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Watson and Doctor Who team up in Labour's first party political broadcast

Martin Freeman, the star of The Hobbit and Sherlock, endorses Labour in the party's first party political broadcast.

Martin Freeman is the star of Labour's first party political broadcast, which airs tomorrow night on BBC Two at 5.55pm, ITV at 6.25pm and BBC One at 6.55pm. The ad also features the talents of David Tennant, star of Doctor Who and Broadchurch. The full transcript is below:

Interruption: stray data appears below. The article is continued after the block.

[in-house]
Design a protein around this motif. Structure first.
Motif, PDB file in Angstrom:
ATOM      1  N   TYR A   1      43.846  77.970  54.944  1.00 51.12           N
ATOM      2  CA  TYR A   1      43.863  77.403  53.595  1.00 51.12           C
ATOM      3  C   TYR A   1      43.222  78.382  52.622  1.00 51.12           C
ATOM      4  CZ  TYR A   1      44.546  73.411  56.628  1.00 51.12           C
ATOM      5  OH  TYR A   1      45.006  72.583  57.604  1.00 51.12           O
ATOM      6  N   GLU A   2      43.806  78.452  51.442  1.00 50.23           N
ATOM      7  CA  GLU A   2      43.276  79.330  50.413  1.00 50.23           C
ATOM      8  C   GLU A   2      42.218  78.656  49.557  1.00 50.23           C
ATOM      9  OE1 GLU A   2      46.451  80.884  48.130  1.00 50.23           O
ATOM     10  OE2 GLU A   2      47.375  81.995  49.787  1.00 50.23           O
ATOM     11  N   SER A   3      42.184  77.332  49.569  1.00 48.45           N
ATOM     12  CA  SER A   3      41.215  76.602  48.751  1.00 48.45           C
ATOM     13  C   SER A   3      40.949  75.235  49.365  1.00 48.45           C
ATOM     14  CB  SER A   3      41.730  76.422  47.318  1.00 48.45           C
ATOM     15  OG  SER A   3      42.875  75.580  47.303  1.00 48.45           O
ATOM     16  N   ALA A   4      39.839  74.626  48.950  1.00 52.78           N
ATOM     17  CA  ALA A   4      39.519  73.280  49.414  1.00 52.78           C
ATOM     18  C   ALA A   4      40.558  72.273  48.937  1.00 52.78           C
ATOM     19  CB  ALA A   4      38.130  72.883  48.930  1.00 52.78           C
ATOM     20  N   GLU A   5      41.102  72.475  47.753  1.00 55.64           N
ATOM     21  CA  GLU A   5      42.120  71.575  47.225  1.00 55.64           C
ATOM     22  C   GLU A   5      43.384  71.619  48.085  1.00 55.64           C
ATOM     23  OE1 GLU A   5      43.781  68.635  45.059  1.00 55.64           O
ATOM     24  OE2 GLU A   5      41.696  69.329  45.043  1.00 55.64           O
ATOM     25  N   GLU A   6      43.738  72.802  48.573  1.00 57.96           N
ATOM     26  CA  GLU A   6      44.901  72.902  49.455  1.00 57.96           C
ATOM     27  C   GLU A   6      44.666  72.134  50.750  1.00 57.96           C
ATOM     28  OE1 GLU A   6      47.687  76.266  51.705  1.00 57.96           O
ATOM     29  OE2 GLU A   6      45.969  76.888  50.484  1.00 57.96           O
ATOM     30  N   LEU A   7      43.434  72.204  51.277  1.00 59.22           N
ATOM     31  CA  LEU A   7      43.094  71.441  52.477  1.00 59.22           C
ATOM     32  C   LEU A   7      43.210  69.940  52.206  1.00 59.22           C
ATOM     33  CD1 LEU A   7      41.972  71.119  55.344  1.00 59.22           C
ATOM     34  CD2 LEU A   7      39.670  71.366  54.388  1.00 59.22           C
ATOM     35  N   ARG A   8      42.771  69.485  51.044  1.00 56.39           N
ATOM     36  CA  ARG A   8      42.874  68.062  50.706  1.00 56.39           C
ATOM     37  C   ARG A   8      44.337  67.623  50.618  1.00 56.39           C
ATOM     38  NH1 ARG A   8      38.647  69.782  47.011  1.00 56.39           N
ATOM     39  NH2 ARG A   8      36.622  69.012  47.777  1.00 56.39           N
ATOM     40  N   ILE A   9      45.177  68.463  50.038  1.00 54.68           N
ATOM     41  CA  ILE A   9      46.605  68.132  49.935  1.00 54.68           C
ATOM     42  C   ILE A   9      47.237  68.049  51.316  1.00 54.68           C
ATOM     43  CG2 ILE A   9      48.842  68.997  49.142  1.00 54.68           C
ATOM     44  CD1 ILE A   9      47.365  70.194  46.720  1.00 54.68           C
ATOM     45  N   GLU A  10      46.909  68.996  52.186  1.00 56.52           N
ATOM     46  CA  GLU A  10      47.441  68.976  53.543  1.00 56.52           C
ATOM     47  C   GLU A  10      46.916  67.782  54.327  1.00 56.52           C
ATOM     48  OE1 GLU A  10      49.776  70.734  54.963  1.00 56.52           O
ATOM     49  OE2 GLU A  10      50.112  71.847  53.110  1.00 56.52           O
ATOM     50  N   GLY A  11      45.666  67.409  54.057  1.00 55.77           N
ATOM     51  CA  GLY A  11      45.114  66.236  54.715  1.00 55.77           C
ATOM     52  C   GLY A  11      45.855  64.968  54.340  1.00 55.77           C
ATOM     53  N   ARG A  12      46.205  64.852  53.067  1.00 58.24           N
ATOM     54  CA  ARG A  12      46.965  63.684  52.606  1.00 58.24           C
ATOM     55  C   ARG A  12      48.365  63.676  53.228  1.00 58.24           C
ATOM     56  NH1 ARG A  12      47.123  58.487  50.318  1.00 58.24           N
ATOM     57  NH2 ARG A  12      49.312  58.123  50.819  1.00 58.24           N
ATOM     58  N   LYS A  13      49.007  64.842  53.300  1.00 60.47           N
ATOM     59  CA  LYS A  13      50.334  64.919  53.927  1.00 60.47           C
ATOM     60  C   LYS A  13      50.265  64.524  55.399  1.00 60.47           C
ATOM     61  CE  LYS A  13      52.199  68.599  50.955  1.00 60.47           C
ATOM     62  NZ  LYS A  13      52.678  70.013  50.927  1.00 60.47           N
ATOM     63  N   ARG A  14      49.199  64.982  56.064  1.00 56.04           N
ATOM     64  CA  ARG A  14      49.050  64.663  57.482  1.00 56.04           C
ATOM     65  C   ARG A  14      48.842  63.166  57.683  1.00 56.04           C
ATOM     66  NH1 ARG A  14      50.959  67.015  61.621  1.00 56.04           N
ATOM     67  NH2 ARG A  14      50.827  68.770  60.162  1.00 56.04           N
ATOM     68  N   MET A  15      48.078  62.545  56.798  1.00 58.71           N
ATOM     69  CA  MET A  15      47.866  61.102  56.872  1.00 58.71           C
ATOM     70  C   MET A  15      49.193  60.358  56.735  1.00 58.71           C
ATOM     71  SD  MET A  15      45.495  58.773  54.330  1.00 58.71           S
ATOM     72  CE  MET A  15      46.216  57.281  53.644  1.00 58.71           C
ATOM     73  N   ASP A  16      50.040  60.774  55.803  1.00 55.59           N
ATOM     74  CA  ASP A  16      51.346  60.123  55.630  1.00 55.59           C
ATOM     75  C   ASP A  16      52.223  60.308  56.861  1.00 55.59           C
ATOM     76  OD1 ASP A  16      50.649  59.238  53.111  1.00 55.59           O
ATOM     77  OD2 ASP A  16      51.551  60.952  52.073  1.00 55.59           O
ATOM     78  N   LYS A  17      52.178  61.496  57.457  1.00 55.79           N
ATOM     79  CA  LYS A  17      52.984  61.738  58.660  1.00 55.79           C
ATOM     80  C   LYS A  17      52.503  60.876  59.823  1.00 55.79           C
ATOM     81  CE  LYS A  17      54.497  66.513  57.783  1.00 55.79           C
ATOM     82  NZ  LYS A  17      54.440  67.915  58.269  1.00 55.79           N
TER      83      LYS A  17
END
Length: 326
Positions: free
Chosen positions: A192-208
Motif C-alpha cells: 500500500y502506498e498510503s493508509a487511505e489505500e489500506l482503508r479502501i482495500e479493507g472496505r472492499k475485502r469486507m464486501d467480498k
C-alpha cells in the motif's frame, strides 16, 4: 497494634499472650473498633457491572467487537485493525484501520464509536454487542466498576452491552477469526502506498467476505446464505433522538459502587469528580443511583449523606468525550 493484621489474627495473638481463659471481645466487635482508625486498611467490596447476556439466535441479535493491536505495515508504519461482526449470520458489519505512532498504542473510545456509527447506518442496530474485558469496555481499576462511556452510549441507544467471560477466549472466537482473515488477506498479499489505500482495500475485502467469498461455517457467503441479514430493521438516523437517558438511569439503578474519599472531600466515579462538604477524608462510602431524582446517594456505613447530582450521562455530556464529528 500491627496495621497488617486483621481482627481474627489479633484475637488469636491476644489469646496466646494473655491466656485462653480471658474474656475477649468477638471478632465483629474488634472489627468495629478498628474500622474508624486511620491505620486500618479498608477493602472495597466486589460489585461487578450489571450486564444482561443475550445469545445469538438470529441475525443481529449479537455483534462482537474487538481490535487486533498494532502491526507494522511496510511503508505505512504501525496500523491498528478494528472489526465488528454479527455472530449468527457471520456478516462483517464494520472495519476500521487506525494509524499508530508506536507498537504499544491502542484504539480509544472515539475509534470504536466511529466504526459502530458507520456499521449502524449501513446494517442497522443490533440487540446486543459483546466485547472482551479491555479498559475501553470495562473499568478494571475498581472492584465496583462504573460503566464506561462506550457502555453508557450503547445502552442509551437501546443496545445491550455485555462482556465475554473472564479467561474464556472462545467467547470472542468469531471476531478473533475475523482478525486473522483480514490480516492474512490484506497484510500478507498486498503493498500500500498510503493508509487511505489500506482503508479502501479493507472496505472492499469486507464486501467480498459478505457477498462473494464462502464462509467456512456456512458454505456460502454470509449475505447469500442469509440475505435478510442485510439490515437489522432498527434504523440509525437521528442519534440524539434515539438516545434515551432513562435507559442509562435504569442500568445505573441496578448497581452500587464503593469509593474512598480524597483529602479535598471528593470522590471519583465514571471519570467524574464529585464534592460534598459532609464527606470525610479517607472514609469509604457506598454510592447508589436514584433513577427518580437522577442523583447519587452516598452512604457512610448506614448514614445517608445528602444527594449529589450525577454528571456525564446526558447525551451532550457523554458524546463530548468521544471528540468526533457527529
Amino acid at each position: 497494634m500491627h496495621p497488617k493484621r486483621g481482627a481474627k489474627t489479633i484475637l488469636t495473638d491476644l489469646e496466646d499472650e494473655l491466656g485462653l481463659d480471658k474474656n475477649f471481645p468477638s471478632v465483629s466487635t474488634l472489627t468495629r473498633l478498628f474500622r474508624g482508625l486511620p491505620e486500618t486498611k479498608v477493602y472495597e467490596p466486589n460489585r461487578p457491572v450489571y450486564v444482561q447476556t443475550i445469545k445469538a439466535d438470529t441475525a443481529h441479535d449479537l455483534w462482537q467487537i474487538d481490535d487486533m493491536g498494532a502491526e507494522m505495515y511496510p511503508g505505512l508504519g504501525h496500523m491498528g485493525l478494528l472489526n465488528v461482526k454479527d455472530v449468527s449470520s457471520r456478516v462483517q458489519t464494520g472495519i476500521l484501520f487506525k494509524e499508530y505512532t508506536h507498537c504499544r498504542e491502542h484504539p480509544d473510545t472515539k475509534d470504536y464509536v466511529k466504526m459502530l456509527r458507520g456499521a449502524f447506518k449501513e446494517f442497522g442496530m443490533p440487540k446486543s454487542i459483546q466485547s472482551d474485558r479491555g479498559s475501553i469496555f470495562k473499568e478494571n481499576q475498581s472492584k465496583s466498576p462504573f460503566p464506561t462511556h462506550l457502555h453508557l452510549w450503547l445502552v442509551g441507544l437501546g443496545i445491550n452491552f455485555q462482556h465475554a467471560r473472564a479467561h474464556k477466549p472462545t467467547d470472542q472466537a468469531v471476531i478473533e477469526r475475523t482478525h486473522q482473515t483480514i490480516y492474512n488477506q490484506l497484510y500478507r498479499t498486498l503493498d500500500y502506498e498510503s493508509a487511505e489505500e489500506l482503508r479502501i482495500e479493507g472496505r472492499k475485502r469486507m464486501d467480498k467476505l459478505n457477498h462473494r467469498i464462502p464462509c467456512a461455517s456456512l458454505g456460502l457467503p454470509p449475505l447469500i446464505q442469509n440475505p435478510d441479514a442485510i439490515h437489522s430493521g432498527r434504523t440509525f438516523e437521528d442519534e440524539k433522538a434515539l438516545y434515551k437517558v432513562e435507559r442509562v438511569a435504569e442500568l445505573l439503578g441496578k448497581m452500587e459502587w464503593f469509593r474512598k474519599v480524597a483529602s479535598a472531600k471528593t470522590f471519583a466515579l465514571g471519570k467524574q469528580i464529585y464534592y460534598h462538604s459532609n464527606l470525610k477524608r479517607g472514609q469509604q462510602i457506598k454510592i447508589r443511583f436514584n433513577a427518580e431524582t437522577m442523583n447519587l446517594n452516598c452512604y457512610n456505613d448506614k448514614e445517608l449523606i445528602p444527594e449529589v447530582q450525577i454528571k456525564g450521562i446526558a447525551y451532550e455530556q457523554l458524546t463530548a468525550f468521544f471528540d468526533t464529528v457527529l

Hello. Now we are in the run-up to a General Election and over that time you’re going to hear loads of claims from people on the Left, on the Right, all over the place. It’s going to drive you mad. It’ll probably drive me mad but don’t switch off yet. You see, because I think in the end it’s simple; it boils down to a choice between a Labour government or a Conservative one. But it isn’t just a choice between two different plans, two different ways of getting the deficit down. It’s a choice between two completely different sets of values. A choice about what kind of country we want to live in. And I don’t know about you, but my values are about community, compassion, decency; that’s how I was brought up. So yeah, I could tell you the Tories would take us on a rollercoaster of cuts while Labour will make sure the economy works for all of us, not just the privileged few, like me, but it’s not just about that. I could tell you it seems like the Tories don’t believe in the NHS while Labour is passionate about protecting it - among other examples, guaranteeing GP appointments within 48 hours and cancer tests within one week. Guaranteed.